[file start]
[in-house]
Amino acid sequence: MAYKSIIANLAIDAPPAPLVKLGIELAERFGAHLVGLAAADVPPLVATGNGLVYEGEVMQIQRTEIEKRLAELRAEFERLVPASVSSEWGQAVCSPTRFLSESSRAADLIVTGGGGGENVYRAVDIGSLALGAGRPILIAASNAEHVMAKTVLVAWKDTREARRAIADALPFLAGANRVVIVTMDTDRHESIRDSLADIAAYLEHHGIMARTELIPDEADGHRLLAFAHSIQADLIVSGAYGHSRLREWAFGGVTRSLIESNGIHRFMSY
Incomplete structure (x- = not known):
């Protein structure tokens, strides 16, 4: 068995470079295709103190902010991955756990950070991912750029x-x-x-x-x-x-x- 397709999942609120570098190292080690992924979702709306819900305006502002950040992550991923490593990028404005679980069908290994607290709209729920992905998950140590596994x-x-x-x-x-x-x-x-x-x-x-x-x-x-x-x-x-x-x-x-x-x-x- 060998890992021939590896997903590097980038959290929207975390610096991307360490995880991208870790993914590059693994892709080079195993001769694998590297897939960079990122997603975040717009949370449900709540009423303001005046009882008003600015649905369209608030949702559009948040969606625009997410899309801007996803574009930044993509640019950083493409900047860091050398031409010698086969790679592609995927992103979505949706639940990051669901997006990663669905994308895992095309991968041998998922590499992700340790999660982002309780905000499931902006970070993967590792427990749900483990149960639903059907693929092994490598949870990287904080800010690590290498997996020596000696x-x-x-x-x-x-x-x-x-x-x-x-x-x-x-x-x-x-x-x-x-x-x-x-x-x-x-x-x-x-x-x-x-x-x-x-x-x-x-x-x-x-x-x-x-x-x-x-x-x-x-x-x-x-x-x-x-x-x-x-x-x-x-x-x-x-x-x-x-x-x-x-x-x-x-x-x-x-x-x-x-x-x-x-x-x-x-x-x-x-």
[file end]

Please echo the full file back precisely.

[in-house]
Amino acid sequence: MAYKSIIANLAIDAPPAPLVKLGIELAERFGAHLVGLAAADVPPLVATGNGLVYEGEVMQIQRTEIEKRLAELRAEFERLVPASVSSEWGQAVCSPTRFLSESSRAADLIVTGGGGGENVYRAVDIGSLALGAGRPILIAASNAEHVMAKTVLVAWKDTREARRAIADALPFLAGANRVVIVTMDTDRHESIRDSLADIAAYLEHHGIMARTELIPDEADGHRLLAFAHSIQADLIVSGAYGHSRLREWAFGGVTRSLIESNGIHRFMSY
Incomplete structure (x- = not known):
């Protein structure tokens, strides 16, 4: 068995470079295709103190902010991955756990950070991912750029x-x-x-x-x-x-x- 397709999942609120570098190292080690992924979702709306819900305006502002950040992550991923490593990028404005679980069908290994607290709209729920992905998950140590596994x-x-x-x-x-x-x-x-x-x-x-x-x-x-x-x-x-x-x-x-x-x-x- 060998890992021939590896997903590097980038959290929207975390610096991307360490995880991208870790993914590059693994892709080079195993001769694998590297897939960079990122997603975040717009949370449900709540009423303001005046009882008003600015649905369209608030949702559009948040969606625009997410899309801007996803574009930044993509640019950083493409900047860091050398031409010698086969790679592609995927992103979505949706639940990051669901997006990663669905994308895992095309991968041998998922590499992700340790999660982002309780905000499931902006970070993967590792427990749900483990149960639903059907693929092994490598949870990287904080800010690590290498997996020596000696x-x-x-x-x-x-x-x-x-x-x-x-x-x-x-x-x-x-x-x-x-x-x-x-x-x-x-x-x-x-x-x-x-x-x-x-x-x-x-x-x-x-x-x-x-x-x-x-x-x-x-x-x-x-x-x-x-x-x-x-x-x-x-x-x-x-x-x-x-x-x-x-x-x-x-x-x-x-x-x-x-x-x-x-x-x-x-x-x-x-």